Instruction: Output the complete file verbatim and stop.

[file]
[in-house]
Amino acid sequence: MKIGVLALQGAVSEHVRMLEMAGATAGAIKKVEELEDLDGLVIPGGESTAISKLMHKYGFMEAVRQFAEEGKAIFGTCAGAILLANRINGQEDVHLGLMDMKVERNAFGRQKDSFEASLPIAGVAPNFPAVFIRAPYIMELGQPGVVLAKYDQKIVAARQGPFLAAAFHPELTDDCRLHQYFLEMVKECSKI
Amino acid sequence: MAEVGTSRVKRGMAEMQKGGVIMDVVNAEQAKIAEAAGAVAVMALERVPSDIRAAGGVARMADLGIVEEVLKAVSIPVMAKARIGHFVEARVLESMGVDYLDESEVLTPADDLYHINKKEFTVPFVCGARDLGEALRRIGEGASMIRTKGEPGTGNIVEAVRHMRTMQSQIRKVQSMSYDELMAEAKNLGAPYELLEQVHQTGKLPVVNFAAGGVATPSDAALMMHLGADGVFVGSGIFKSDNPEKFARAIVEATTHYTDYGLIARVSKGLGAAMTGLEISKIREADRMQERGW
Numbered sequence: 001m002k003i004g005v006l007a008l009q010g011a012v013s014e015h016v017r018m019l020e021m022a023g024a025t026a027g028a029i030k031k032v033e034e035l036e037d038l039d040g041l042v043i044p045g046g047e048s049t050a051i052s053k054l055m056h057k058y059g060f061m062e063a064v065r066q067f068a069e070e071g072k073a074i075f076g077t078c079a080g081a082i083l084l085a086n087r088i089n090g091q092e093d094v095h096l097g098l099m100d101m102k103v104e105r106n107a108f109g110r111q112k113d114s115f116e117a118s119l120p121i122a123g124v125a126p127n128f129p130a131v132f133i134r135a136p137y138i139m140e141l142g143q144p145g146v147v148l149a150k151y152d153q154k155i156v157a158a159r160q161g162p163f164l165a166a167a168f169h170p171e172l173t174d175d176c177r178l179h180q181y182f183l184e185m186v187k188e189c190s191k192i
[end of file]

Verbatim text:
[in-house]
Amino acid sequence: MKIGVLALQGAVSEHVRMLEMAGATAGAIKKVEELEDLDGLVIPGGESTAISKLMHKYGFMEAVRQFAEEGKAIFGTCAGAILLANRINGQEDVHLGLMDMKVERNAFGRQKDSFEASLPIAGVAPNFPAVFIRAPYIMELGQPGVVLAKYDQKIVAARQGPFLAAAFHPELTDDCRLHQYFLEMVKECSKI
Amino acid sequence: MAEVGTSRVKRGMAEMQKGGVIMDVVNAEQAKIAEAAGAVAVMALERVPSDIRAAGGVARMADLGIVEEVLKAVSIPVMAKARIGHFVEARVLESMGVDYLDESEVLTPADDLYHINKKEFTVPFVCGARDLGEALRRIGEGASMIRTKGEPGTGNIVEAVRHMRTMQSQIRKVQSMSYDELMAEAKNLGAPYELLEQVHQTGKLPVVNFAAGGVATPSDAALMMHLGADGVFVGSGIFKSDNPEKFARAIVEATTHYTDYGLIARVSKGLGAAMTGLEISKIREADRMQERGW
Numbered sequence: 001m002k003i004g005v006l007a008l009q010g011a012v013s014e015h016v017r018m019l020e021m022a023g024a025t026a027g028a029i030k031k032v033e034e035l036e037d038l039d040g041l042v043i044p045g046g047e048s049t050a051i052s053k054l055m056h057k058y059g060f061m062e063a064v065r066q067f068a069e070e071g072k073a074i075f076g077t078c079a080g081a082i083l084l085a086n087r088i089n090g091q092e093d094v095h096l097g098l099m100d101m102k103v104e105r106n107a108f109g110r111q112k113d114s115f116e117a118s119l120p121i122a123g124v125a126p127n128f129p130a131v132f133i134r135a136p137y138i139m140e141l142g143q144p145g146v147v148l149a150k151y152d153q154k155i156v157a158a159r160q161g162p163f164l165a166a167a168f169h170p171e172l173t174d175d176c177r178l179h180q181y182f183l184e185m186v187k188e189c190s191k192i